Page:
Rhett Miller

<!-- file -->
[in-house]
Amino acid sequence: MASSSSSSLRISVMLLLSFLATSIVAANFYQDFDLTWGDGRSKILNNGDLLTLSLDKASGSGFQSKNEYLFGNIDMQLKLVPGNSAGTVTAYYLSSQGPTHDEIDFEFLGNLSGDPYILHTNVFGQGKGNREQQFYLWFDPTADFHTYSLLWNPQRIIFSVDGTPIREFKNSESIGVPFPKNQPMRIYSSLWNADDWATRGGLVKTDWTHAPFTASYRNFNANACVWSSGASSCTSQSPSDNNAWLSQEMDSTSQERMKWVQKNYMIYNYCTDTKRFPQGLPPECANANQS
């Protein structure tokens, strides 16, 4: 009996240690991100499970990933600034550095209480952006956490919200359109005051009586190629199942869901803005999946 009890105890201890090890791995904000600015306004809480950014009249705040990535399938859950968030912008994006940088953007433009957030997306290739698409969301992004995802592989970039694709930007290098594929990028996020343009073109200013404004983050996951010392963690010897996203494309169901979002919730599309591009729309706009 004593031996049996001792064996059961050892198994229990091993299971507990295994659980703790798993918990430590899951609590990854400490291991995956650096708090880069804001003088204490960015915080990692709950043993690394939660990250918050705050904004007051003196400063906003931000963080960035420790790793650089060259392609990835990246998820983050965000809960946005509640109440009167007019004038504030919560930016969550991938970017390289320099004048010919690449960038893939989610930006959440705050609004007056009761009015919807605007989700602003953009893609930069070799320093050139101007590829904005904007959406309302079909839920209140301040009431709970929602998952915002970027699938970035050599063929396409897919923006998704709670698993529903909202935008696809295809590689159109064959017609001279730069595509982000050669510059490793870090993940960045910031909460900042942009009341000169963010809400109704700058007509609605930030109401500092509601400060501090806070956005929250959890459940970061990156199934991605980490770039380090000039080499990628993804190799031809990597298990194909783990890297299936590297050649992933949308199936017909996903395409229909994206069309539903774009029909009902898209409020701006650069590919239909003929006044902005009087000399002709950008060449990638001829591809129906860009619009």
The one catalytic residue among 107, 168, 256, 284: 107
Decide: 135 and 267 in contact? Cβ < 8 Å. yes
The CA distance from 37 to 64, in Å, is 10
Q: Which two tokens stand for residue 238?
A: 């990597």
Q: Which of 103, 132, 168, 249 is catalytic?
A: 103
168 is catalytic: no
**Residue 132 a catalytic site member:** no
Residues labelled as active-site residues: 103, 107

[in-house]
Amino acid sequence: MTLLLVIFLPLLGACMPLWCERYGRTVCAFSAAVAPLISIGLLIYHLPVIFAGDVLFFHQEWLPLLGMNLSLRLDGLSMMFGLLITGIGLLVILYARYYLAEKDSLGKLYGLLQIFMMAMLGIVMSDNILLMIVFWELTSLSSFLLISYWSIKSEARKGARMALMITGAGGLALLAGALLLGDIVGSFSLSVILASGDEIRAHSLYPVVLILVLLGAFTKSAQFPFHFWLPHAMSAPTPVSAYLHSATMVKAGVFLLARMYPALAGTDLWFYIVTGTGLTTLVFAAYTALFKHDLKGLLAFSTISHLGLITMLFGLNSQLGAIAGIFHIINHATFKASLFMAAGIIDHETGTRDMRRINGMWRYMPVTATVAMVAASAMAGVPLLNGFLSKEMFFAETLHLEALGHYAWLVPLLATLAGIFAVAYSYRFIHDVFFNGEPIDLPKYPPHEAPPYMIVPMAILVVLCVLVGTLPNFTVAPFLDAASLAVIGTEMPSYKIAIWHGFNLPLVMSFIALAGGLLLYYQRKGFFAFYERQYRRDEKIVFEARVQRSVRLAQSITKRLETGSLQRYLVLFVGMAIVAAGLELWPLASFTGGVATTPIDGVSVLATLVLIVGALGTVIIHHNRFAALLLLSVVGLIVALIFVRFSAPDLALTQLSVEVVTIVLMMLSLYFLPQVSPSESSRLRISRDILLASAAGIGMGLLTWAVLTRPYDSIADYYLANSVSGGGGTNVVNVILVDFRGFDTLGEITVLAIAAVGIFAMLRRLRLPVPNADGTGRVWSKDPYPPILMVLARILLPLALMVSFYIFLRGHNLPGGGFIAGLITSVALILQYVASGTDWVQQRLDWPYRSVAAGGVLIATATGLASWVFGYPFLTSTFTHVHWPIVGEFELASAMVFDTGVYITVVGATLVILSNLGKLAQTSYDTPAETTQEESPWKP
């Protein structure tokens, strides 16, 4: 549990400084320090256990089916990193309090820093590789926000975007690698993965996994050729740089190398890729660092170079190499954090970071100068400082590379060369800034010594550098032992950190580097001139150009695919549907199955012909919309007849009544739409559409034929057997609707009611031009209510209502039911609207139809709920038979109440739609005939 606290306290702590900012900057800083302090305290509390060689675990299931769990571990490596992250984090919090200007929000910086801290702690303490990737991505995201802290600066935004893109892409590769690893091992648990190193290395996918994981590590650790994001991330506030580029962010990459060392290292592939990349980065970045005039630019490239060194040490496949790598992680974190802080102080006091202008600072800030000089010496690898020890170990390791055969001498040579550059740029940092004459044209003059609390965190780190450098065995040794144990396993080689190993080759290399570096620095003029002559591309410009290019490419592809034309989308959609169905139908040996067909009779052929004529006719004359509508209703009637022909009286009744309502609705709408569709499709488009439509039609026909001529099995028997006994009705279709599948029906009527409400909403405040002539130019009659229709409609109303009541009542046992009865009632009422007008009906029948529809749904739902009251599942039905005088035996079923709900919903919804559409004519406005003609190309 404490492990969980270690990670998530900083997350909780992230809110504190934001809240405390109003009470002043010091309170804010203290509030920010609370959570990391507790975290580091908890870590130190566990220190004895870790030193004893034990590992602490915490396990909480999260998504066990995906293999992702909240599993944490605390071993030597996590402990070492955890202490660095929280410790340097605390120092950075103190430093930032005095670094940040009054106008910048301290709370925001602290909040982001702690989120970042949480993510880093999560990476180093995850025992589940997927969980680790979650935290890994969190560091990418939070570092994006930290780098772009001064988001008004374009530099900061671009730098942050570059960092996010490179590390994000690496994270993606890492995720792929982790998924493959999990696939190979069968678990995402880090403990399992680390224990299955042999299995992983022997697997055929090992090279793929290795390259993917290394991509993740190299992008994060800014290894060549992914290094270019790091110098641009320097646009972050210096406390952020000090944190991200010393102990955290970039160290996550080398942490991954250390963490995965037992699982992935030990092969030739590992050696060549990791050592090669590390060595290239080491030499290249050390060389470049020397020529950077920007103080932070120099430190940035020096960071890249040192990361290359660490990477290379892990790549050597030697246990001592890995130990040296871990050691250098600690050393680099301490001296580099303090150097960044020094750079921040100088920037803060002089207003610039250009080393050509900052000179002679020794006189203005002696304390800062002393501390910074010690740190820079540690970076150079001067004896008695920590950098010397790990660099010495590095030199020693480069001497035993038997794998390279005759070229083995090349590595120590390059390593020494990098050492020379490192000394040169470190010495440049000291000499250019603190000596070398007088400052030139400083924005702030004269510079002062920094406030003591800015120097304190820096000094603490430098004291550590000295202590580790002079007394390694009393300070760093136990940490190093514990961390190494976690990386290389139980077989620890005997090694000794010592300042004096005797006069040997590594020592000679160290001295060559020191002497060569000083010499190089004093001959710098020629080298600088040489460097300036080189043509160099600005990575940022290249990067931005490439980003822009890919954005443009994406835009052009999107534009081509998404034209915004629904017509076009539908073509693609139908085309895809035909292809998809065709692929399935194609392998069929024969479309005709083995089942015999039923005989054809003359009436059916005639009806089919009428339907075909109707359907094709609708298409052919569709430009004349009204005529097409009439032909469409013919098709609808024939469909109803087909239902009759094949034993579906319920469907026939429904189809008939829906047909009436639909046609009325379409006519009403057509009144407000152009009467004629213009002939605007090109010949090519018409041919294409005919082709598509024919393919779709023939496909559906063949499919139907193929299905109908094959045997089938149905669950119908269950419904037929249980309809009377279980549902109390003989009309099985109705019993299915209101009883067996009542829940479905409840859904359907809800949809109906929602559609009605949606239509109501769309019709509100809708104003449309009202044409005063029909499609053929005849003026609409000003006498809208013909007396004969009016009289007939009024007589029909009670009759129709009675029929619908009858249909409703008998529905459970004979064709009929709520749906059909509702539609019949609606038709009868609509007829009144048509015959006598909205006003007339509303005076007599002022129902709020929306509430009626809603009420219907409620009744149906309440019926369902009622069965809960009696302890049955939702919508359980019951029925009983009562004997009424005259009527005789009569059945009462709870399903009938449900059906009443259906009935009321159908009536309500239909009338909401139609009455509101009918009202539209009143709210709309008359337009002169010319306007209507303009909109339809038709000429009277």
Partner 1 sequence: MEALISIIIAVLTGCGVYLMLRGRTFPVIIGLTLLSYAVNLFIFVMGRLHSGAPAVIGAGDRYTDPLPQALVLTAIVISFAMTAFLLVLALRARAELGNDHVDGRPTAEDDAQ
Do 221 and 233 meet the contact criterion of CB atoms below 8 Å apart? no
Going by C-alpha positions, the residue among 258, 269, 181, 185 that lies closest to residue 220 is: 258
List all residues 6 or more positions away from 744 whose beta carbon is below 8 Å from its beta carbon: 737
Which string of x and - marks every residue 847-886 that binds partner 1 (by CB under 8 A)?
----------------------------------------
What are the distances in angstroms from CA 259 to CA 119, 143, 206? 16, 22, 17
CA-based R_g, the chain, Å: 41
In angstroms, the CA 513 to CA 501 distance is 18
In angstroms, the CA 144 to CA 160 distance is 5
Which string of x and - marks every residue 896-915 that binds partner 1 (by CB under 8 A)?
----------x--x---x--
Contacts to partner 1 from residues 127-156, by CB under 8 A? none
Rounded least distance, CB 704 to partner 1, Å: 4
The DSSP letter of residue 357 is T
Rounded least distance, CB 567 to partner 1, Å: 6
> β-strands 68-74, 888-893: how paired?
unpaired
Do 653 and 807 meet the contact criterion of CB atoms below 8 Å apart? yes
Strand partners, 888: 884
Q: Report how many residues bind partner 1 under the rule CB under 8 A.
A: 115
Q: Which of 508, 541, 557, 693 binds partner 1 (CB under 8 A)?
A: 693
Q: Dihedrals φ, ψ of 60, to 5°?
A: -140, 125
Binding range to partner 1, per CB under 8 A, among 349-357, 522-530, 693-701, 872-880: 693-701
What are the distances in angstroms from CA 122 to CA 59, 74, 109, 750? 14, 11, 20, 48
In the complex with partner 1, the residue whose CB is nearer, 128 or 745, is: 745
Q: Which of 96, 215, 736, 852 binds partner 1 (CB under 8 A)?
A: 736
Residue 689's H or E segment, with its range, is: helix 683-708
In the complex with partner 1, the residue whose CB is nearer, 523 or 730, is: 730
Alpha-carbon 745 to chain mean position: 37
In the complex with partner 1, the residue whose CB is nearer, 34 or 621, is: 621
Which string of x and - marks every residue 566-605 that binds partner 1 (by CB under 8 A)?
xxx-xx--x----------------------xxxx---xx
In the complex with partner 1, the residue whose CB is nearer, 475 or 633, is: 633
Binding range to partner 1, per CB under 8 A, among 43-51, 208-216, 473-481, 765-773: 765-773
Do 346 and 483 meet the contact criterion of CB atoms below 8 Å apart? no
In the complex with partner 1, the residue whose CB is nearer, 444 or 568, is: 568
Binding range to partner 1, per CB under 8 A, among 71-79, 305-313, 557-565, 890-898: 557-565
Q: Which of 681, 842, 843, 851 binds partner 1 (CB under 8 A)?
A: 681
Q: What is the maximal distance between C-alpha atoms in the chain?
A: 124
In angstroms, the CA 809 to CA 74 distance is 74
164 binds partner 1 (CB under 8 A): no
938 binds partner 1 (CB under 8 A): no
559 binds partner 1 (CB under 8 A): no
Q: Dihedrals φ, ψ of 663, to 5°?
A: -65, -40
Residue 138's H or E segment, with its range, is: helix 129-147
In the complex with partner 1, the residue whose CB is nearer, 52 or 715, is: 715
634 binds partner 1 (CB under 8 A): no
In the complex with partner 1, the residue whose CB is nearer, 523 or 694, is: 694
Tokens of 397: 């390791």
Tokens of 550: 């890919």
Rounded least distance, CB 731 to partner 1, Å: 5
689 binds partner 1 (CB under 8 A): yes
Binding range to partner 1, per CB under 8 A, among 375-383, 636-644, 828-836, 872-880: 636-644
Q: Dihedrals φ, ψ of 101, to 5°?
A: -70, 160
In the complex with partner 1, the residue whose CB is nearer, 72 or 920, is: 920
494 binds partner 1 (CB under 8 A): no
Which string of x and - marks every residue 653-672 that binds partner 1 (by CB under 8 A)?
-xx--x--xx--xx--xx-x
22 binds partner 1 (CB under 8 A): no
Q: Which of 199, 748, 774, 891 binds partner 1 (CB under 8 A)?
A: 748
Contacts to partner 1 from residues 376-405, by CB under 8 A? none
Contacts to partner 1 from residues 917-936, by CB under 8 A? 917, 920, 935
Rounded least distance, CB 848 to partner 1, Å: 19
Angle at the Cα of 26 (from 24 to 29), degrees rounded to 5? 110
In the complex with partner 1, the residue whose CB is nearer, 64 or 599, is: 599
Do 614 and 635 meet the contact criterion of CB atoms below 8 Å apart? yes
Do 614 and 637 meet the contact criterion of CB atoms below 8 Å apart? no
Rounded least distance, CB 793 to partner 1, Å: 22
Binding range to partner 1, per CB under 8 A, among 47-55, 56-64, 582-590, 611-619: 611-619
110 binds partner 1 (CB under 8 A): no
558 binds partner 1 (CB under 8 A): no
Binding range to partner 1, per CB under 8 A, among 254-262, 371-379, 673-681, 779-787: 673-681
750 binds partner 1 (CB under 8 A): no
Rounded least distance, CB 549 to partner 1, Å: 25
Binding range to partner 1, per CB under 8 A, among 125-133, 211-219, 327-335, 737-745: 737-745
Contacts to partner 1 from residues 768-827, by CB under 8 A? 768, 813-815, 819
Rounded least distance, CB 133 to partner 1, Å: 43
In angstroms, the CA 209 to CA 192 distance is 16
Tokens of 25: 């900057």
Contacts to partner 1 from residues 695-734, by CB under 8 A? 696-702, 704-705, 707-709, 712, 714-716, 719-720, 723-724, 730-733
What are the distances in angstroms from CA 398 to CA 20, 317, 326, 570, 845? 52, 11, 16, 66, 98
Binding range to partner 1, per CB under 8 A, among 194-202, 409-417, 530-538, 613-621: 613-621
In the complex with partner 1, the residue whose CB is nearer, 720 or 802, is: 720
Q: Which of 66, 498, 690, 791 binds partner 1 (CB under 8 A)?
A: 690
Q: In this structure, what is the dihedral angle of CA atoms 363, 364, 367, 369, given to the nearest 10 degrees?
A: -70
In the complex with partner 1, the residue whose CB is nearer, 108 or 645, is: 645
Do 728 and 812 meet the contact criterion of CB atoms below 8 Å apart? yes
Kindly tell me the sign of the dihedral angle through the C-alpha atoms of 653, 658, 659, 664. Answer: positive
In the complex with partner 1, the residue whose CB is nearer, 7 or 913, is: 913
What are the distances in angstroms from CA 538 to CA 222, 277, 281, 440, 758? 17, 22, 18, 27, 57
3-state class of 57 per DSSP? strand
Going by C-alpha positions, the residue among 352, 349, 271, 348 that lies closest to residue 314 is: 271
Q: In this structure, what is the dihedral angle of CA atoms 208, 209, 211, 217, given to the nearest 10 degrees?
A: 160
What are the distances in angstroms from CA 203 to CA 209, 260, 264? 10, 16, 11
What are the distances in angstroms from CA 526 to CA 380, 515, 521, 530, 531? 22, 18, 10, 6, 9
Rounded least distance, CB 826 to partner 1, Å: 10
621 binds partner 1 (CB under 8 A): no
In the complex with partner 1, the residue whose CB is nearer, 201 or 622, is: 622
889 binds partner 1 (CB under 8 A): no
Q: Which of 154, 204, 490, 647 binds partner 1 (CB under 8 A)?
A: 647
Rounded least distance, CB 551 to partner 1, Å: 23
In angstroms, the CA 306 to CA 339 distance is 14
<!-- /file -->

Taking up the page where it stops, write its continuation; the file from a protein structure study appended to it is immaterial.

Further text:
Maybe it was the desire to make a personal statement 100 percent his own. Perhaps making the record just sounded like a lark. There are probably a slew of reasons why Old 97s frontman Rhett Miller decided that now was the time to go forth with his major-label solo debut, The Instigator, but here’s another possibility that shouldn’t be overlooked: potential risk of tinnitus. Those Old 97s shows were mighty loud, especially around the time of the punktry foursome’s 1997 disc, Too Far to Care. The band sacrificed a little bit of volume but not an iota of songwriting quality for 2001’s Satellite Rides, a power-pop effort on which Miller proved he could marry a hook and a clever turn of phrase in or out of an alt-country church. The Instigator (actually Miller’s second solo record, following 1994’s independent, pre-Old 97s release, Mythologies) sounds like the next logical step from Rides, meaning Old 97s fans will pretty much get the follow-up they would expect. Meanwhile, Miller gets a chance to rest his ears before the 97s reconvene for a planned 2003 release.

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